And finally, there's the flip side of the golden rule: Don't do unto others what you wouldn't have them do unto you. If nothing else restrains you from sneaking a bit of Veritaserum into your enemy's don't want to give him any ideas, do you?

Why Bother? My Cat is a Wizard (2/11/05)
Topic: Favorite Familiars

My name is Robbie F., and I have a problem. I have a cruel addiction that has already cost me about US$100,000 and that, if it doesn't actually destroy my human relationships, at least gives me an excuse to go on not having them. It systematically destroys everything that I own, it causes me to lose sleep at night, and it induces such bizarre behavior as duct-taping over light switches, using bookends to hold some doors shut and others open, and phoning my empty house when I am out of town so that I can leave messages on my own answering machine. Also, I seem to see animals that no one else can see. I cannot overcome this addiction by myself. Because frankly, I like it. So obviously, I need help.

It began when I moved to a strange town, thousands of miles from my nearest loved ones, and had to live by myself in a house that had more rooms than I knew what to do with. I worked with people all day long, but at night I had no one to come home to, no one to confide in. So I decided to visit the County Humane Society. I went with an open mind, undecided as to whether I wanted a dog or a cat. My family has always had a dog as far back as I can remember, but we only had cats now and then, and never since I passed into my teens. I considered myself a "dog person," mostly, but I decided that I wouldn't make up my mind until I saw what the Humane Society had on offer.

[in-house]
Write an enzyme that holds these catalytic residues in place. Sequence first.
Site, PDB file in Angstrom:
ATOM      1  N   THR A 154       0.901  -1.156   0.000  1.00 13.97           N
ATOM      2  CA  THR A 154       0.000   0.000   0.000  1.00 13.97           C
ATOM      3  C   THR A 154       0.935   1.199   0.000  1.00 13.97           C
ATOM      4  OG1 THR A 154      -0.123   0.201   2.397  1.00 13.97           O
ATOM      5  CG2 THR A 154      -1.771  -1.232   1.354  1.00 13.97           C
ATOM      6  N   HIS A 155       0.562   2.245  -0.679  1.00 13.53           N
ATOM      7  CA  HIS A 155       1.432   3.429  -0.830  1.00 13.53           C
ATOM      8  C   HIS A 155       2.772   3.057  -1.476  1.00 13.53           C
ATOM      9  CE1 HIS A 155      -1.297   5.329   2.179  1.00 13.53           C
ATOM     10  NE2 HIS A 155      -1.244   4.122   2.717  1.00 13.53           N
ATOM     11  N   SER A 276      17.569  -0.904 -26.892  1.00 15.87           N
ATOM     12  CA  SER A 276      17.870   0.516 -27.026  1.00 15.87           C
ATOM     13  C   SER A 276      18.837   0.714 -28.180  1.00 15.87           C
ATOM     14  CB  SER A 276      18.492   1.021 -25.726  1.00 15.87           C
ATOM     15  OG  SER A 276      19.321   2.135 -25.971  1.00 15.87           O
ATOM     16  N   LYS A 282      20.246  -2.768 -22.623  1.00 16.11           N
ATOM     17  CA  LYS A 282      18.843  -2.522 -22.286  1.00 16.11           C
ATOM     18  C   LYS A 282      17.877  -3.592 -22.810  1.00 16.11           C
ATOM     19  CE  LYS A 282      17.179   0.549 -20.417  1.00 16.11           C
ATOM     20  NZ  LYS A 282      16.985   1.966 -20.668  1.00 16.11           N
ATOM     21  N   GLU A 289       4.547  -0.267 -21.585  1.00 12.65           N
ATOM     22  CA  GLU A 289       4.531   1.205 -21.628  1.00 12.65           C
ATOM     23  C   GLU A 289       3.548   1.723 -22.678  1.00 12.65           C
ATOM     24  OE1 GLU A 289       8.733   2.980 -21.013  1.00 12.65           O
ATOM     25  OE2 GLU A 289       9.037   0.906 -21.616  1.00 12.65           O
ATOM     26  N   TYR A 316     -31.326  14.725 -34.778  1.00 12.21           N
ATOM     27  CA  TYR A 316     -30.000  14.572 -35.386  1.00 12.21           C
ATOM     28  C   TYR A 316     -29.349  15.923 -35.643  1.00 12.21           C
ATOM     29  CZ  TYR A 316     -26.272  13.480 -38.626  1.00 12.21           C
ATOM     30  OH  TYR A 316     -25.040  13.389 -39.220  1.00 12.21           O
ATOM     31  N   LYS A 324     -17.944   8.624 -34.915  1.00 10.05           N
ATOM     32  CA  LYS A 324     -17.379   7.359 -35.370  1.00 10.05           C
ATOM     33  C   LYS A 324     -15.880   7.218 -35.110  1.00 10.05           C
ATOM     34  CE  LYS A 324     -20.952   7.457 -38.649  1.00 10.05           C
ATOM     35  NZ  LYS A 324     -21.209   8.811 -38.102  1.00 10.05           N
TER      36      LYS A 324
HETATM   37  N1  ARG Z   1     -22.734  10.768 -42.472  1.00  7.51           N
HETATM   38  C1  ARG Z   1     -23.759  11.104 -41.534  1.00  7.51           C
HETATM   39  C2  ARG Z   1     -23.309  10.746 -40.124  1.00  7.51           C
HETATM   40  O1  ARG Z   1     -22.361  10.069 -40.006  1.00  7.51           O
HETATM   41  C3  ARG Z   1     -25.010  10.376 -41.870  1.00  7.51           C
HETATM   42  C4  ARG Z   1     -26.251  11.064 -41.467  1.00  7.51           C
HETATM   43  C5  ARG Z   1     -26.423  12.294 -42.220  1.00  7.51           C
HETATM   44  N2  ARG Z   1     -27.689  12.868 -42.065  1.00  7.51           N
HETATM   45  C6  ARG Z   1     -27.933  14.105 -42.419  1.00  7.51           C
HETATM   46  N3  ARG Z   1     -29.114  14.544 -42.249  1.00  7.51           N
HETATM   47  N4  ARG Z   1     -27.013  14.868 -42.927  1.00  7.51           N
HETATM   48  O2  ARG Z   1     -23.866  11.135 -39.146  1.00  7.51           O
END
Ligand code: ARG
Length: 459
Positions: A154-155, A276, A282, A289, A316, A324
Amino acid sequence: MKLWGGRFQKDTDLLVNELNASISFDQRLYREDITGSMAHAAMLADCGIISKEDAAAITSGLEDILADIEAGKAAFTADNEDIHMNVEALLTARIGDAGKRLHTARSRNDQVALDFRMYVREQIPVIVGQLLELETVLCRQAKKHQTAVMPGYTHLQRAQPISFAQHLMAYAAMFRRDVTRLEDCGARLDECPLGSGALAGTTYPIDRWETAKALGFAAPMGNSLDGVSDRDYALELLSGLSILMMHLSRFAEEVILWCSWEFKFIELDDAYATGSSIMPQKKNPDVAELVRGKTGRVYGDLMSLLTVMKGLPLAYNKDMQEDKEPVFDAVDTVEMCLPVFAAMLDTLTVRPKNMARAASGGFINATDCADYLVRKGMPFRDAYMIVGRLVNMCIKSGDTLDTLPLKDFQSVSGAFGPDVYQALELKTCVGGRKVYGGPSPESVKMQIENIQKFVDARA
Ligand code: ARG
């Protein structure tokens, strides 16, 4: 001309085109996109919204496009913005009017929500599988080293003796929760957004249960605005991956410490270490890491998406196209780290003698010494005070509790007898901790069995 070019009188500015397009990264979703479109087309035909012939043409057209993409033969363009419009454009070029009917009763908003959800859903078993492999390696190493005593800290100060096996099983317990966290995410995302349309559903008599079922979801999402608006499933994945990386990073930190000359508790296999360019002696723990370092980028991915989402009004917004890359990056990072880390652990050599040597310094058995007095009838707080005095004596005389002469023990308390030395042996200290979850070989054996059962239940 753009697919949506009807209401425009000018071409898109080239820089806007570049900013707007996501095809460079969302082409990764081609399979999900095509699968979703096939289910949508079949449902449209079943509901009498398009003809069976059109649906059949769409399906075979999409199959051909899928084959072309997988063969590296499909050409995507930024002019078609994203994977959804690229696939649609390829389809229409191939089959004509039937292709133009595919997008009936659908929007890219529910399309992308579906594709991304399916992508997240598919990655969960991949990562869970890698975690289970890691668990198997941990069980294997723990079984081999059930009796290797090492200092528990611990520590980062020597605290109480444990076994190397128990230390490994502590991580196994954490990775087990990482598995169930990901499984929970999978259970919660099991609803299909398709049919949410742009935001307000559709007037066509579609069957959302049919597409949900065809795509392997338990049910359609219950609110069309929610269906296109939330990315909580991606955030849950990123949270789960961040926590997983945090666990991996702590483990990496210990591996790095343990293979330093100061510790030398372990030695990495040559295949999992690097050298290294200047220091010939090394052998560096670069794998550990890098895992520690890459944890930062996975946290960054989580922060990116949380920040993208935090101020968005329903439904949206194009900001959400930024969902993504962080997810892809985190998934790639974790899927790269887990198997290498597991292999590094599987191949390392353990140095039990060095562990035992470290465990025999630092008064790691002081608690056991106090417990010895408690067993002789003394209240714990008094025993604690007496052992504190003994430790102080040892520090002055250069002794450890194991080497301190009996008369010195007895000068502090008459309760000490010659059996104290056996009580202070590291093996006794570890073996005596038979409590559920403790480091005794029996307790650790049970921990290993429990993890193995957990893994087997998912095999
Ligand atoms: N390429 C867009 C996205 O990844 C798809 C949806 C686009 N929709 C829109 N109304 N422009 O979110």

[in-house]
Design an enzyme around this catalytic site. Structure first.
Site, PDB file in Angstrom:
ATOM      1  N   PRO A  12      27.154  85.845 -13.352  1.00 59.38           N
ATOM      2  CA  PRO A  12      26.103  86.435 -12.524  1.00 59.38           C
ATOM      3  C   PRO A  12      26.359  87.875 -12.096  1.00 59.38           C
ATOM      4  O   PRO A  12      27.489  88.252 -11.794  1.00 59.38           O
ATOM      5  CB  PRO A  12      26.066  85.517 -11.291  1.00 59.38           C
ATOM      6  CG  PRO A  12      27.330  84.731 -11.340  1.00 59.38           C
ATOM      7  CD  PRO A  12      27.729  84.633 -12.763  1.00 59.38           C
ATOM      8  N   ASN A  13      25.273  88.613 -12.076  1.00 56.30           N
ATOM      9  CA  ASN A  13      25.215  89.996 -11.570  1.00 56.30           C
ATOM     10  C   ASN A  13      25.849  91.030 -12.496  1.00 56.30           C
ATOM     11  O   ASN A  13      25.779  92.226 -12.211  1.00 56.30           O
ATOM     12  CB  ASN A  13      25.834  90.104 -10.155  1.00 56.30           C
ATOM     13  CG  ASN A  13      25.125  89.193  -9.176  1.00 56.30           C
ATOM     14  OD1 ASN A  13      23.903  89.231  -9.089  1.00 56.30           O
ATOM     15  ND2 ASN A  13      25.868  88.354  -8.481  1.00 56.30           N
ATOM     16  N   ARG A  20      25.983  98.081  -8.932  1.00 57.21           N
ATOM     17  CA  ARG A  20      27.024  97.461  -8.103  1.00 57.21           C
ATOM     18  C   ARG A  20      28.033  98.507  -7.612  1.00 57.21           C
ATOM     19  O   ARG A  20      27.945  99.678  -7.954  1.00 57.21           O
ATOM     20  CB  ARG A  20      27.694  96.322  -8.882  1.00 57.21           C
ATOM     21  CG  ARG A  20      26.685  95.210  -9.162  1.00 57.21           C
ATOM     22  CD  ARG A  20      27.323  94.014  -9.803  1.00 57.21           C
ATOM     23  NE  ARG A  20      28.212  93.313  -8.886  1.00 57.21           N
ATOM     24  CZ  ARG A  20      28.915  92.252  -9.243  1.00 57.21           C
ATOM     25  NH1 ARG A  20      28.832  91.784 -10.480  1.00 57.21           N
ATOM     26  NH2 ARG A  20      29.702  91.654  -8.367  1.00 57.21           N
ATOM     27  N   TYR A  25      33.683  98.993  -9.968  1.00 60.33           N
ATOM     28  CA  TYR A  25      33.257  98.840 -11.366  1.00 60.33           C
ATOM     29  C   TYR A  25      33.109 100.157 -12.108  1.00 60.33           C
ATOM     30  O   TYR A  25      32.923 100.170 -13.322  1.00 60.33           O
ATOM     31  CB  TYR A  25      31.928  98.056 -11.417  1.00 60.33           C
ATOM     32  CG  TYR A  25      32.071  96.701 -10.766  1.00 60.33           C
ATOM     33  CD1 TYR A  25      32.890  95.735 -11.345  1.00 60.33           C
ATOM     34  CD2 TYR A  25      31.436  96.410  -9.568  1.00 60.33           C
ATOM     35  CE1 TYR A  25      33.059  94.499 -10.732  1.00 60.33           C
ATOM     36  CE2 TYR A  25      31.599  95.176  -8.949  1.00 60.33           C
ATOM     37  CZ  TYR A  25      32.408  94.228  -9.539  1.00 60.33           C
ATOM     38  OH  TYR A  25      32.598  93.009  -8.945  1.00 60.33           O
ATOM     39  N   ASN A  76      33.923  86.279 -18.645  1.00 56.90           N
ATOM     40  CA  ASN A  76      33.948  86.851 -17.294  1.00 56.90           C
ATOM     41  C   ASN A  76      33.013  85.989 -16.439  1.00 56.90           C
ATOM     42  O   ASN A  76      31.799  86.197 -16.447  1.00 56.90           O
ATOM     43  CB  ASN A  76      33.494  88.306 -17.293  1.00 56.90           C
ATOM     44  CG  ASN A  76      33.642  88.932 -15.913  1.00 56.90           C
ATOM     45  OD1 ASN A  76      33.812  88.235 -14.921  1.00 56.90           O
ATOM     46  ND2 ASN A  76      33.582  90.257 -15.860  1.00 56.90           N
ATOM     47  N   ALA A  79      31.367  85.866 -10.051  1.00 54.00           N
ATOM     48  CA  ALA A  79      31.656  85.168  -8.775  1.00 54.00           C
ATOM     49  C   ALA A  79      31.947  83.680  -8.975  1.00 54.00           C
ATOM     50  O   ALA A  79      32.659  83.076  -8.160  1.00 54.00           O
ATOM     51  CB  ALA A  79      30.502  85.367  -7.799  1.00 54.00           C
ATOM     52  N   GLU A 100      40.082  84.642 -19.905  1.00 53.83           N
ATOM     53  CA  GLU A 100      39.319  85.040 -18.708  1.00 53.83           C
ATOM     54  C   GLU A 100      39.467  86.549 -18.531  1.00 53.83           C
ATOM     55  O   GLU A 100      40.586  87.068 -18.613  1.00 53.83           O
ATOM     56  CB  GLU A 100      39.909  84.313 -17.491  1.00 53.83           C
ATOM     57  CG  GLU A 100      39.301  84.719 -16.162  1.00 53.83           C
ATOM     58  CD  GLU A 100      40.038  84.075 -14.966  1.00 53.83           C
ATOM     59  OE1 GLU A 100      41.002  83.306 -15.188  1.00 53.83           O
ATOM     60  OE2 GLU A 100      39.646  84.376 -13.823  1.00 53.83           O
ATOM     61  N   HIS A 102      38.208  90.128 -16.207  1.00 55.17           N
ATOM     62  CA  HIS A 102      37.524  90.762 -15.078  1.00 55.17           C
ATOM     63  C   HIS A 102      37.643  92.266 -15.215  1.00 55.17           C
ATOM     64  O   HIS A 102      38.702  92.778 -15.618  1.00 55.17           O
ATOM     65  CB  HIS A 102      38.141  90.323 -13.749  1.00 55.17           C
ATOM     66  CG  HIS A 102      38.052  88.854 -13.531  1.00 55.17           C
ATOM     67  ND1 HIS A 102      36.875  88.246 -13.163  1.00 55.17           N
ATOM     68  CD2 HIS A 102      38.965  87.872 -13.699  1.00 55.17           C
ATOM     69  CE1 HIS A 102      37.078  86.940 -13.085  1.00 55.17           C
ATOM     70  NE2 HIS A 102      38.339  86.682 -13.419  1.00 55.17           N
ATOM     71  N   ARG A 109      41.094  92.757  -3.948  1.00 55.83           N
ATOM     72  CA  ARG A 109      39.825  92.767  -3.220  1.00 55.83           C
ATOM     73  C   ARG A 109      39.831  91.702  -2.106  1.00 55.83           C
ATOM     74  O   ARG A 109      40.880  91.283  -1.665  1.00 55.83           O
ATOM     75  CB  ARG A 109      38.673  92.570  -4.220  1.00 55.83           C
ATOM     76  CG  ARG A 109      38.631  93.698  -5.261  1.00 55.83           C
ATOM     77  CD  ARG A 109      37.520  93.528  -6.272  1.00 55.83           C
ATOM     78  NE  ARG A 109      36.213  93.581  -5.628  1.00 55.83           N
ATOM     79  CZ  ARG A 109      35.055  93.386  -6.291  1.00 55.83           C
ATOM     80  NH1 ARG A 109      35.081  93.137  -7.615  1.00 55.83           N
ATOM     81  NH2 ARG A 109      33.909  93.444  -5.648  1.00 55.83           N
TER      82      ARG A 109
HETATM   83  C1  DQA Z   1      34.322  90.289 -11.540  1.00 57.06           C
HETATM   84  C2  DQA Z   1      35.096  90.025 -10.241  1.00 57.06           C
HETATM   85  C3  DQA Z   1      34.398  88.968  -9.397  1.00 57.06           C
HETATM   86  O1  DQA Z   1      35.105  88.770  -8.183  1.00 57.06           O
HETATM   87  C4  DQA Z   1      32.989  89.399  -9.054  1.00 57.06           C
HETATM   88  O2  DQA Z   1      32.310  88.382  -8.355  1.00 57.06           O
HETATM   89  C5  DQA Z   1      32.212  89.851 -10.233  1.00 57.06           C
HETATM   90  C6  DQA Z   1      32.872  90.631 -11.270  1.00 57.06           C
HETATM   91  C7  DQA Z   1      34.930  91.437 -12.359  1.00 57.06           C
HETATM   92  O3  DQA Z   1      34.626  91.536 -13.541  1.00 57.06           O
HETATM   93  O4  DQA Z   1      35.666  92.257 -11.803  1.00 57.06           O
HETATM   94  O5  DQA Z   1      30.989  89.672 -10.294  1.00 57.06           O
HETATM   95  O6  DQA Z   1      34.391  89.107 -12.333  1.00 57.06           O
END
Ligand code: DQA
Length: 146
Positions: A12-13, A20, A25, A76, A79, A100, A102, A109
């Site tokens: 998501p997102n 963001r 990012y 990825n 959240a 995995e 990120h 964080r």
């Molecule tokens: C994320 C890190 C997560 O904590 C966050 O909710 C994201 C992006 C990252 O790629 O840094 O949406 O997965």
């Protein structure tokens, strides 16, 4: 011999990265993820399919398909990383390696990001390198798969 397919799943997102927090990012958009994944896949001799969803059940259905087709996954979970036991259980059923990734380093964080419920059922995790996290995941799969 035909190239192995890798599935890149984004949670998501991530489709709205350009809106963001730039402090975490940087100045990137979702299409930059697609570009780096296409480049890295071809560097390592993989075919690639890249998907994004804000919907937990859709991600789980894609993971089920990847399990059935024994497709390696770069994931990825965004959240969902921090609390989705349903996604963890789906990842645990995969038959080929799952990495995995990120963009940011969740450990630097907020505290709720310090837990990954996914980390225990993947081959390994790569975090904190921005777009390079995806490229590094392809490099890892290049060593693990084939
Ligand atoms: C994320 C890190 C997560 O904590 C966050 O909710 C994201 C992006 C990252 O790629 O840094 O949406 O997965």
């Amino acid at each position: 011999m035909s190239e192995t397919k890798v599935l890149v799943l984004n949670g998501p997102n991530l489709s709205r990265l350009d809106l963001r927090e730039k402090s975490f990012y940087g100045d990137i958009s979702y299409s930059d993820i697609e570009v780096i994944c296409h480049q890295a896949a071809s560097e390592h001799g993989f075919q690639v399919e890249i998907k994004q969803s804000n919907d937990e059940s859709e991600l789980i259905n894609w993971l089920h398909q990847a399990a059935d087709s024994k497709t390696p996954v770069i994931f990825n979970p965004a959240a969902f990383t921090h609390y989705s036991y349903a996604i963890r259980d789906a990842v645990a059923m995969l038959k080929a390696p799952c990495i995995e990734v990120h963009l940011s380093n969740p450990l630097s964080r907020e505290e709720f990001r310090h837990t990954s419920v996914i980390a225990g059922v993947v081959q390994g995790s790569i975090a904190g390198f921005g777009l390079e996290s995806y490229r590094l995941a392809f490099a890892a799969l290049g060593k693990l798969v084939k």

Well, there were some pretty cute dogs, but all of them were either too old (I wanted a puppy that I could train myself, and that would really be my pal and no one else's), or they looked like they were going to grow up into huge, bear-like creatures, like Snuffles. I made note of a few dogs that I could settle for if I found nothing better, then I went to look at the cats. There were all kinds of really cute kittens, any of which would have made an adorable pet, but then I saw one kitten who owned me the moment I saw him. There's no other way about it: he was obviously a great wizard. What do I need a familiar for? I'm a muggle. If anything, he chose me to be his familiar.

The kitten was about as long as my hand, and he had big, clear, intelligent green eyes. The skin on the inside of his ears, the tip of his nose, and the soles of his feet was pure black, but his coat was sleek, soft, satiny, charcoal gray, with just a hint of tabby markings in a barely distinguishable shade of dark gray. He had an elegant figure, even for a kitten, and he seemed very friendly and playful. So I asked if I could adopt him, and they said...No.

Or rather, Not yet.

He wouldn't be ready for adoption for another week or two, they said. So do you know what I decided? I decided to go home empty-handed rather than adopt any other animal than the gray kitten. And I made sure that on the day he was eligible for parole-er, I mean, adoption-I showed up right at opening time to claim him before anybody else could. I had even picked out a name for him, by the simple method of thinking through all male names I could think of, until one of them made me laugh out loud. The one that made me laugh was Tyrone. Perhaps, being a wizard, he put his name in my head somehow-or perhaps, like wands, the name chooses the wizard.